[check] The child should be actively engaged in the intervention activities and should receive at least 25 hours of structured intervention each week.
[check] Parents should be closely involved in the intervention, as well as in setting goals and priorities, and should be taught how to implement the intervention strategies at home.
We would add another criterion to this list: The intervention provided for your child should be based on evidence-based practices (EBPs). You may run into this phrase often as you read about autism interventions. It means that the intervention has been tested in scientific studies and published in scientific journals, and that the results showed those intervention practices to be more helpful for young children with ASD than no intervention. With all the claims and all the hype about autism treatment these days, you will want to be sure that your child is receiving interventions that have been tested and found to be effective.
How will you know? You can ask the providers if their intervention is based on EBPs, and if you want, you can ask them to share with you the research articles that demonstrated its success. You can find trustworthy information about EBPs on the National Standards Project website (www.nationalautismcenter.org/affiliates) and on the website for the National Professional Development Center on ASD (http://autismpdc.fpg.unc.edu).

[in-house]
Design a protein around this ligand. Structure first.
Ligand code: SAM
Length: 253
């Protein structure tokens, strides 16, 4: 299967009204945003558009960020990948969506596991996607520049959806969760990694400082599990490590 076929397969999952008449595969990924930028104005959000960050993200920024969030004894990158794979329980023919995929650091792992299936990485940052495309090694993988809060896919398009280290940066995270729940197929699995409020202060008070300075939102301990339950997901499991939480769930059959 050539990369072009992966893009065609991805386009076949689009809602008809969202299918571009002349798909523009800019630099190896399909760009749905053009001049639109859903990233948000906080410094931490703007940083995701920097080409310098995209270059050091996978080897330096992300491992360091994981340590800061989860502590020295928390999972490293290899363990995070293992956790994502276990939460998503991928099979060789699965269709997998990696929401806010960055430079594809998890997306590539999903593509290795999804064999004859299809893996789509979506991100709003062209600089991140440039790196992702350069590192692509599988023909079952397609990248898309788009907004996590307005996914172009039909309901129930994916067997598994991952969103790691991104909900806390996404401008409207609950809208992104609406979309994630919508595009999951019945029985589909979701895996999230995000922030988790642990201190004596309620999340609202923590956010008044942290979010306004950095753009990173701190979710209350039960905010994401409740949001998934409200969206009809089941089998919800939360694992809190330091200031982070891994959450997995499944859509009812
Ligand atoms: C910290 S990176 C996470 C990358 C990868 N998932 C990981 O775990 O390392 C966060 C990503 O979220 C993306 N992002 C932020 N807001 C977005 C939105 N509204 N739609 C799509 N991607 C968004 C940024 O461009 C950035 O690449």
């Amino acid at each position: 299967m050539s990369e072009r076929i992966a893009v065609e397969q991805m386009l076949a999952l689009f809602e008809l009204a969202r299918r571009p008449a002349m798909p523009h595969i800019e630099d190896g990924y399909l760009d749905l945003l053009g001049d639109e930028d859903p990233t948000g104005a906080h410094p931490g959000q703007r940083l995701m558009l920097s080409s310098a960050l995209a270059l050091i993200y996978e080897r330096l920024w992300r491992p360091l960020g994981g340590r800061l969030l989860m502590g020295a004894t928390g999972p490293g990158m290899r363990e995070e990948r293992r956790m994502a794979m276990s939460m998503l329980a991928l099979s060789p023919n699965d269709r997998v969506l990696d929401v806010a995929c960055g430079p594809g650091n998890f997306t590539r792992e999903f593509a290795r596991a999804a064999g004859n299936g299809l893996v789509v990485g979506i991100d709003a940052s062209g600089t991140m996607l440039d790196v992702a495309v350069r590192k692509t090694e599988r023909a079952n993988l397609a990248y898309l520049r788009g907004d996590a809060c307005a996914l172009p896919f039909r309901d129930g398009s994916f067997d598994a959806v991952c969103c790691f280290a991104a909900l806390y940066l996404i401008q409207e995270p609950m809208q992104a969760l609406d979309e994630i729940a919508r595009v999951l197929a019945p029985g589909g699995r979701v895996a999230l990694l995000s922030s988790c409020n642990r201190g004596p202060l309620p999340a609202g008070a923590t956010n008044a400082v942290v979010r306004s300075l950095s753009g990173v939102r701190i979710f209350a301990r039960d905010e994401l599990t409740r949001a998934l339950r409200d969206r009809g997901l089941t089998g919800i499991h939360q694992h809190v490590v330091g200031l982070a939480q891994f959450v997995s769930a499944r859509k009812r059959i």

Receiving appropriate early intervention based on best practices is not just a goal. It is a legal right of your child's, thanks to a law called the Individuals with Disabilities Education Improvement Act (IDEA), which was enacted in 1975 and revised in 2004. This law guarantees the rights of all children, including those with ASD, to a free and appropriate education that meets their unique and individual needs. This means your child with ASD is eligible for free education that addresses her specific needs (even as a toddler).
How do you find an early intervention provider? The professional who provided you with the diagnosis may also have provided you with a name and phone number to call to begin the process of starting early intervention services. If this did not happen, your child's doctor may well know the agency and phone number to call. Another route is to call your school district's special education department, say your child has just received a diagnosis of ASD, and ask whom you should speak to. You can also find information on how to find and access early intervention services in your state on the Autism Speaks website (www.autismspeaks.org/family-services/resource-guide) and the Autism Society's website (www.autism-society.org).